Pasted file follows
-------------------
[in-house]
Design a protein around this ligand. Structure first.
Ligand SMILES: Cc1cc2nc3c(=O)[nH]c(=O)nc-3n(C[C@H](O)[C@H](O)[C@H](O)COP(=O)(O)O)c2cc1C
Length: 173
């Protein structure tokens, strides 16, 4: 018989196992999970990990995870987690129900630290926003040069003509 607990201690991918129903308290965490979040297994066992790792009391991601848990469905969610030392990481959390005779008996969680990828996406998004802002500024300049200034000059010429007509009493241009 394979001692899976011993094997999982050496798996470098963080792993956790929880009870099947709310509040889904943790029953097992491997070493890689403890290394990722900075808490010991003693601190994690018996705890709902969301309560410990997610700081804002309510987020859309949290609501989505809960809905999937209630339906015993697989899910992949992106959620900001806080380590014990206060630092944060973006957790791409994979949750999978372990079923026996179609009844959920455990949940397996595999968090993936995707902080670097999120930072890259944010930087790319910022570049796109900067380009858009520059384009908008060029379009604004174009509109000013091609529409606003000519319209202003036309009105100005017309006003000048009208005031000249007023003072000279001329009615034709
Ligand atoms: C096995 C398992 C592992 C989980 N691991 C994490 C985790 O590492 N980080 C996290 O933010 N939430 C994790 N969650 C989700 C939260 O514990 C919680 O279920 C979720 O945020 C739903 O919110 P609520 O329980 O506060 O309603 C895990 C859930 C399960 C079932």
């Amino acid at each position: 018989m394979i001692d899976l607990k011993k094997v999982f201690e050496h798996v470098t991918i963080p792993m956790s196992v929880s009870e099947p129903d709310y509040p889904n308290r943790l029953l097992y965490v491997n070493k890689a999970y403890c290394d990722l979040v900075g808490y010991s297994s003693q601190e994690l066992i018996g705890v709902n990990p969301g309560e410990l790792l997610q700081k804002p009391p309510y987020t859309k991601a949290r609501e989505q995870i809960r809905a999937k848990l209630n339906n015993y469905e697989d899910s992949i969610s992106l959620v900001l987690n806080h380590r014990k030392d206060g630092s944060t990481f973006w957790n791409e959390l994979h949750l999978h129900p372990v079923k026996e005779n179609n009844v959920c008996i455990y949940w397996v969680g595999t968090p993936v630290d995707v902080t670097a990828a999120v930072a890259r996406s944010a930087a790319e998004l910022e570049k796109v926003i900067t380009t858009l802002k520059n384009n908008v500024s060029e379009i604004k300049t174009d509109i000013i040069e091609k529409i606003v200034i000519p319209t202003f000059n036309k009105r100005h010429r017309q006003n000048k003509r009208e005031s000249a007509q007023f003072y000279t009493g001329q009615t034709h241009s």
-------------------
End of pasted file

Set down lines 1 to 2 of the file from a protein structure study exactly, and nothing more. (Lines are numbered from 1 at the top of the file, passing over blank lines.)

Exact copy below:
[in-house]
Design a protein around this ligand. Structure first.